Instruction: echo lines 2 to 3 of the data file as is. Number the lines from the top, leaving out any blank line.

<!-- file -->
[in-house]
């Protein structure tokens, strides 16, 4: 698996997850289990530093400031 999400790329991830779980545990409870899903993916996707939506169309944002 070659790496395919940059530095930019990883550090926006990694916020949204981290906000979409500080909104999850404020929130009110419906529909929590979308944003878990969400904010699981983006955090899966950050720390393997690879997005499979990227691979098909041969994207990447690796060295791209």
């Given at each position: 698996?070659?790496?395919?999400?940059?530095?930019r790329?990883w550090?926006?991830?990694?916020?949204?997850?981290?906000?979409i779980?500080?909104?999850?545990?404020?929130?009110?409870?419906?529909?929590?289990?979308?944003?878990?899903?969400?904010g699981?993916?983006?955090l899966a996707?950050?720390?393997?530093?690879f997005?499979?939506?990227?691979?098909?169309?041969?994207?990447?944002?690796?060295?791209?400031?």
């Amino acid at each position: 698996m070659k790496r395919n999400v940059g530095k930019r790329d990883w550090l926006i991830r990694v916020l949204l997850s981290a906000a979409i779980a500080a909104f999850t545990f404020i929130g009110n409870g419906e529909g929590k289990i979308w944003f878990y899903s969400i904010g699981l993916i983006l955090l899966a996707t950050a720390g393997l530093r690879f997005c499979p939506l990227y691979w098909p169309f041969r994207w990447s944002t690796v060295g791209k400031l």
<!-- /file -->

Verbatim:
């Protein structure tokens, strides 16, 4: 698996997850289990530093400031 999400790329991830779980545990409870899903993916996707939506169309944002 070659790496395919940059530095930019990883550090926006990694916020949204981290906000979409500080909104999850404020929130009110419906529909929590979308944003878990969400904010699981983006955090899966950050720390393997690879997005499979990227691979098909041969994207990447690796060295791209």
């Given at each position: 698996?070659?790496?395919?999400?940059?530095?930019r790329?990883w550090?926006?991830?990694?916020?949204?997850?981290?906000?979409i779980?500080?909104?999850?545990?404020?929130?009110?409870?419906?529909?929590?289990?979308?944003?878990?899903?969400?904010g699981?993916?983006?955090l899966a996707?950050?720390?393997?530093?690879f997005?499979?939506?990227?691979?098909?169309?041969?994207?990447?944002?690796?060295?791209?400031?």